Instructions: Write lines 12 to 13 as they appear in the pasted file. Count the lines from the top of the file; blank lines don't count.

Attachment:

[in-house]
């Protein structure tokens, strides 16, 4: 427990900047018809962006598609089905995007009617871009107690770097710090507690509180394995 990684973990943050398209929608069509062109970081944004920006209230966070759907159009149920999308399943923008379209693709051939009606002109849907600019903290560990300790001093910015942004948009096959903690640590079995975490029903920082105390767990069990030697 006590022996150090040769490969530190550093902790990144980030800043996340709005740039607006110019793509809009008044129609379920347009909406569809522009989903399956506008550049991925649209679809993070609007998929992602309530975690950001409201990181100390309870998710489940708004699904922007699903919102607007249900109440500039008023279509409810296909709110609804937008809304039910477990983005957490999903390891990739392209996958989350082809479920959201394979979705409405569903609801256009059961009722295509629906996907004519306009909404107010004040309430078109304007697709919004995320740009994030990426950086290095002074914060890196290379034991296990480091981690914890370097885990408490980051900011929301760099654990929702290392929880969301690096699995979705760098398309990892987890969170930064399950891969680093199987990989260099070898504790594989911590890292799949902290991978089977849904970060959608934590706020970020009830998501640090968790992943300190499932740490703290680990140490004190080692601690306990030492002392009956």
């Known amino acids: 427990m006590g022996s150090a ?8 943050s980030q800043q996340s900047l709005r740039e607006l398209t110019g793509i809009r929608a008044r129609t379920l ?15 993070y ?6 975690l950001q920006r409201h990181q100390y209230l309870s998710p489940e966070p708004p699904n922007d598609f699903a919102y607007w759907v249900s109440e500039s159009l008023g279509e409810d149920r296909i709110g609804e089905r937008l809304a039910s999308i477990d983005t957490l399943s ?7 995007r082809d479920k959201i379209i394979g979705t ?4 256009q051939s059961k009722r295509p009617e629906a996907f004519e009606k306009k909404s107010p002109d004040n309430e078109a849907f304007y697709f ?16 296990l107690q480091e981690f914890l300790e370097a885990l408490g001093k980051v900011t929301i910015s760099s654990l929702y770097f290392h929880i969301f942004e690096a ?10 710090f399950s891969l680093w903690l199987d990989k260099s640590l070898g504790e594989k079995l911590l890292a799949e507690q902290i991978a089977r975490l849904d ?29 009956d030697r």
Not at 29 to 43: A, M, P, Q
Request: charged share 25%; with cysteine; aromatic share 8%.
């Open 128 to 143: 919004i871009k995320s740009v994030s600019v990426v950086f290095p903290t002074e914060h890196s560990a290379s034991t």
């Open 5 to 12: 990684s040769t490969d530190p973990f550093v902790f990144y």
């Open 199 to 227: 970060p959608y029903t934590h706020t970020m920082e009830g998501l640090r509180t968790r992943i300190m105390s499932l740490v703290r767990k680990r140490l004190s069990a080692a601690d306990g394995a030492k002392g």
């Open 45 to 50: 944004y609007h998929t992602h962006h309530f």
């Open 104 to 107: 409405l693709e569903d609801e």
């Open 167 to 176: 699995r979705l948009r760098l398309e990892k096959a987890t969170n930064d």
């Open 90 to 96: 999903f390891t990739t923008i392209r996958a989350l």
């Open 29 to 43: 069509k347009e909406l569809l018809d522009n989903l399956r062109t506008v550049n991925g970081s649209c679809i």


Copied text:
């Open 90 to 96: 999903f390891t990739t923008i392209r996958a989350l």
């Open 29 to 43: 069509k347009e909406l569809l018809d522009n989903l399956r062109t506008v550049n991925g970081s649209c679809i």